Environment Waikato is receiving about 700 calls a day from people wanting to know more about their rates since the Council’s rate invoices began going out earlier this month.
Apart from questions about how to make payments or changing details, Hamilton ratepayers have been concerned at paying a passenger transport rate and those living outside the Taupo area want to know why they are paying a rate to protect Lake Taupo.
Finance Manager Warren Stevens said Hamilton City ratepayers had always paid a Passenger Transport rate, but many people had only noticed it when the Council began directly rating last year.
“Attracting more people onto public transport reduces car congestion, reduces economic, environmental and social pressures on roads, parking problems and pollution. It also reduces the cost of having to make new roads. Bus service improvements made last year have already increased bus use by 12 percent, and 53 percent in the past four years.
“Buses are a viable and sustainable alternative to cars, and improvements to bus services are making buses more attractive and accessible to everyone, which also benefits those who use their own cars, ” he said.
At least 6000 passengers a day used buses. If there were no public transport system and only half of those passengers used cars, another 3000 vehicles would be on the road every day.
Environment Waikato was working closely with Hamilton City Council on routes to ensure the bus service met the needs of the community, he said. This included extending the service into new growing areas which were currently without a bus service.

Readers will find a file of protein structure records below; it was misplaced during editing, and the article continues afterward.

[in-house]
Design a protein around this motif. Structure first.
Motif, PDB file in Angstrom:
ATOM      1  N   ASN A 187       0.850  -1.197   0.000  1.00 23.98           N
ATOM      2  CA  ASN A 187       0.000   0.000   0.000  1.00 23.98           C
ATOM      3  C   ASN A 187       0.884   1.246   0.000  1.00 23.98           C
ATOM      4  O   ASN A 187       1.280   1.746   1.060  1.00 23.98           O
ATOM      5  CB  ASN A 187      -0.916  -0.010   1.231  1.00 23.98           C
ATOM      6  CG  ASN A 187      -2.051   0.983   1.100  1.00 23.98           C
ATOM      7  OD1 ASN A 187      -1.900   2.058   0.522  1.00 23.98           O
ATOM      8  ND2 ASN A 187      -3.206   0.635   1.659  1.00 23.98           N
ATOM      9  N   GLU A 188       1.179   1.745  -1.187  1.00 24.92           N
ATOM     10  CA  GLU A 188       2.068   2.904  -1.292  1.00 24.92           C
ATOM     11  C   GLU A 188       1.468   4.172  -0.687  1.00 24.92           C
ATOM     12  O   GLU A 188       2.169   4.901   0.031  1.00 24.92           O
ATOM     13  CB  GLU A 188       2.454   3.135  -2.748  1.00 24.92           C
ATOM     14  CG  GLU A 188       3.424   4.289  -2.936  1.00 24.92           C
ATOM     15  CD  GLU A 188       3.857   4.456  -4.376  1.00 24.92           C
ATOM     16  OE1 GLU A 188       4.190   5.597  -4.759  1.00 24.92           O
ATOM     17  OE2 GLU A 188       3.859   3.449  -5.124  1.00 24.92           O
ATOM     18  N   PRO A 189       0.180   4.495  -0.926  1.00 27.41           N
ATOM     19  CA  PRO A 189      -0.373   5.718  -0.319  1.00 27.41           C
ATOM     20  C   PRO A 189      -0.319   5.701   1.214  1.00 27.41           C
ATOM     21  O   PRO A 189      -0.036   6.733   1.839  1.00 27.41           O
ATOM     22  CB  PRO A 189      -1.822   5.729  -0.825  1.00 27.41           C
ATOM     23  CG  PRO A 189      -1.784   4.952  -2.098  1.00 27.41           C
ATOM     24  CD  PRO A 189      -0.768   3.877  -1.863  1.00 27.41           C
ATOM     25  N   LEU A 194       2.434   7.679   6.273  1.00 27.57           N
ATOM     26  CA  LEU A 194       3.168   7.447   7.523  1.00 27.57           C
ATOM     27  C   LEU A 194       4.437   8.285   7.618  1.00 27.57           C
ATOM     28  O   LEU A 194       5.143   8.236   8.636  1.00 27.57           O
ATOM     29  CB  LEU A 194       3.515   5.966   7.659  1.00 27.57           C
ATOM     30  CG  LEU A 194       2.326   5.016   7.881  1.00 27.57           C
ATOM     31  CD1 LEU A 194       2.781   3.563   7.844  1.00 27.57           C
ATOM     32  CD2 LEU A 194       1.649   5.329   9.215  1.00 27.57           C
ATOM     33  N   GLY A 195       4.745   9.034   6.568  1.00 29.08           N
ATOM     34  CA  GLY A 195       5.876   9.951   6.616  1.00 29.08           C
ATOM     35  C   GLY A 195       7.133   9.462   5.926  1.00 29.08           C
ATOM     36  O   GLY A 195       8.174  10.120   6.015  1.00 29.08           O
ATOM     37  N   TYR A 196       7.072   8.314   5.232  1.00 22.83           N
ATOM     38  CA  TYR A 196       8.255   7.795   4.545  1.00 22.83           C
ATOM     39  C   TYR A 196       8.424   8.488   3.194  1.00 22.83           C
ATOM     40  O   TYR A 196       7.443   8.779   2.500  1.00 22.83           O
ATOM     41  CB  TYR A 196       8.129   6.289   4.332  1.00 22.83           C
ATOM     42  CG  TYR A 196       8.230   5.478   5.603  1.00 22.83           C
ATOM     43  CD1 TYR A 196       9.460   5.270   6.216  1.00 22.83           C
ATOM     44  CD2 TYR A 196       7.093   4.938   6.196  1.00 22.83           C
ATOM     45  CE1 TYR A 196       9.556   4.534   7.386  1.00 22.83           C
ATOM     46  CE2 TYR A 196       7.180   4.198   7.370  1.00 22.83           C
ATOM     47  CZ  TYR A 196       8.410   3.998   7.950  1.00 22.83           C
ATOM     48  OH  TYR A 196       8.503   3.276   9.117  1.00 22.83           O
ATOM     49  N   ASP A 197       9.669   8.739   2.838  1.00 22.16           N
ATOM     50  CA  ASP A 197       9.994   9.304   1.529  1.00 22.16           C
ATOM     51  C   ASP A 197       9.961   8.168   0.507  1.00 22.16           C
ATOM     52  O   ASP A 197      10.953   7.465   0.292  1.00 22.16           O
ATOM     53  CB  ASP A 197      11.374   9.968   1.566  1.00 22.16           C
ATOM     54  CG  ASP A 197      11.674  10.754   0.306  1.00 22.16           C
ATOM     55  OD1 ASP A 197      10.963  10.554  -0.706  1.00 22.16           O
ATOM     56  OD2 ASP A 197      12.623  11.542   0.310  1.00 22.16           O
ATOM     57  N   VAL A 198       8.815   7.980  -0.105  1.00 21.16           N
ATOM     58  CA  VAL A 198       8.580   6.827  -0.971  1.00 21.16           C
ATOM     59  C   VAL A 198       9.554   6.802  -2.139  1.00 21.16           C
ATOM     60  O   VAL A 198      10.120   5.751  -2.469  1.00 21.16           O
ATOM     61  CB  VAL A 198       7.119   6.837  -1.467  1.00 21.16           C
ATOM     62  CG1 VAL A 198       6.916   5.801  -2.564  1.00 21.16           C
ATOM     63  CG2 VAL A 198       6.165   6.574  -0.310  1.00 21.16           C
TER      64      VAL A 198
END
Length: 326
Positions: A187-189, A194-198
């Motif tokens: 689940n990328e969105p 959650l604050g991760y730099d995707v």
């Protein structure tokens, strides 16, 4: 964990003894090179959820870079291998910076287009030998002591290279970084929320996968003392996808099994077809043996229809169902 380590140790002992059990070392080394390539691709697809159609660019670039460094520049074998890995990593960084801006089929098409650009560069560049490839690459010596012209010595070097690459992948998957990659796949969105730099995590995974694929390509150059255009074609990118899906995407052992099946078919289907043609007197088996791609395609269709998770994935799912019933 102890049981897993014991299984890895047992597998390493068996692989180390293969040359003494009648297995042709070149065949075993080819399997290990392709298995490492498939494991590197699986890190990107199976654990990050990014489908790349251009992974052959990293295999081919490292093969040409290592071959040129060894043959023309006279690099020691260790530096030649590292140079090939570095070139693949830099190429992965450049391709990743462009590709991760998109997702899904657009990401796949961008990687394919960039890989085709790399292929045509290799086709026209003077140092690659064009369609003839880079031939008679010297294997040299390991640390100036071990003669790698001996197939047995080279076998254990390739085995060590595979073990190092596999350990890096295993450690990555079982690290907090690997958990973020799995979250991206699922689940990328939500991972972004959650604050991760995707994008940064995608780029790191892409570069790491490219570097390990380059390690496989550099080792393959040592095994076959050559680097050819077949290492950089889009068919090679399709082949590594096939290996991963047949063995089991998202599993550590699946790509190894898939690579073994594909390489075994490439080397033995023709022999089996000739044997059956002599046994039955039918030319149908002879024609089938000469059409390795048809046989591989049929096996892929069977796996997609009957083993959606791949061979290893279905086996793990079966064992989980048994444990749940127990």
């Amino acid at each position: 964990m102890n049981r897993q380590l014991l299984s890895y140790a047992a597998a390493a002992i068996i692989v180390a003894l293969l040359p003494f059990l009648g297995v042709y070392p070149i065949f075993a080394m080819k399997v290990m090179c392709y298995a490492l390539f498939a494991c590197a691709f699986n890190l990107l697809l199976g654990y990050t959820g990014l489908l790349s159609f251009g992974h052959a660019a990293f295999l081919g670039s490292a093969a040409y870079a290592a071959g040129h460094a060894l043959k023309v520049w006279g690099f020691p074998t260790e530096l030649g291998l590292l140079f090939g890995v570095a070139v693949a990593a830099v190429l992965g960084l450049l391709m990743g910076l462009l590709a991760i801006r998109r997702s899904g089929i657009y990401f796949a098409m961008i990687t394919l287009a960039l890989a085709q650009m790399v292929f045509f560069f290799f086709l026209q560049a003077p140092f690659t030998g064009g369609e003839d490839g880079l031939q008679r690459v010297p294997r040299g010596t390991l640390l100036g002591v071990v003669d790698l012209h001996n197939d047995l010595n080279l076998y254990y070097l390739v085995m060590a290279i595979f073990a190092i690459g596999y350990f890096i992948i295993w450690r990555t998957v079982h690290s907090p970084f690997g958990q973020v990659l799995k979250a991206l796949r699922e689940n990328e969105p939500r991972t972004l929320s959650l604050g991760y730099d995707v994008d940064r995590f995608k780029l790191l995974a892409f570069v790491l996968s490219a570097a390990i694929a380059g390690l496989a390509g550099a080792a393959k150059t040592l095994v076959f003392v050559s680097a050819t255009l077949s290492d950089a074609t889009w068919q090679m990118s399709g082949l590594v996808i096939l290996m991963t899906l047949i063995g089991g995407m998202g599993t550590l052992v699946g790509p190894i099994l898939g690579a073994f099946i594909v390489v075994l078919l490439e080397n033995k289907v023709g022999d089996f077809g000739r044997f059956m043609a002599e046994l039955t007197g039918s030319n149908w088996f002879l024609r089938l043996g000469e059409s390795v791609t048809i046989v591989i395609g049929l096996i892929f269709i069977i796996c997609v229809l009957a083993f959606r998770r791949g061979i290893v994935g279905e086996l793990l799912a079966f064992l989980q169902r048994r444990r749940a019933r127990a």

Mr Stevens said the passenger transport rate per $100,000 CV had decreased slightly this year, but capital property values had increased. The increased amount collected would help offset inflation and an increase in contract prices.
“We will be considering the feedback we are receiving that the transport rate should be a rate per property rather than based on capital value.
He said all Waikato ratepayers were paying $9 per property towards protecting Lake Taupo. The health of the Lake is declining from excessive nitrogen caused by intensifying rural land use and urban growth over the past 50 years.
Environment Waikato, Taupo District Council and Central Government are working with stakeholders on an $81 million project to reduce the amount of nitrogen reaching the Lake by 20 percent. He said protecting the Lake would have far-reaching implications for the Region’s economy.
“We believe that all New Zealanders benefit from having a clean lake. There are also significant benefits to the Region from Lake Taupo, and Environment Waikato has a legislative responsibility to ensure that Taupo is managed sustainably. Clearly Hamiltonians and others throughout the wider Waikato catchment have a major stake in the health of the Waikato River, which is fed by the lake.
“Rural landowners in the District will bear the significant cost of foregoing opportunities for future land development and Taupo farmers will face heavy compliance costs with the rules that will be part of this project. Urban residents will contribute through ongoing costs of sewage treatment and stormwater management,” he said.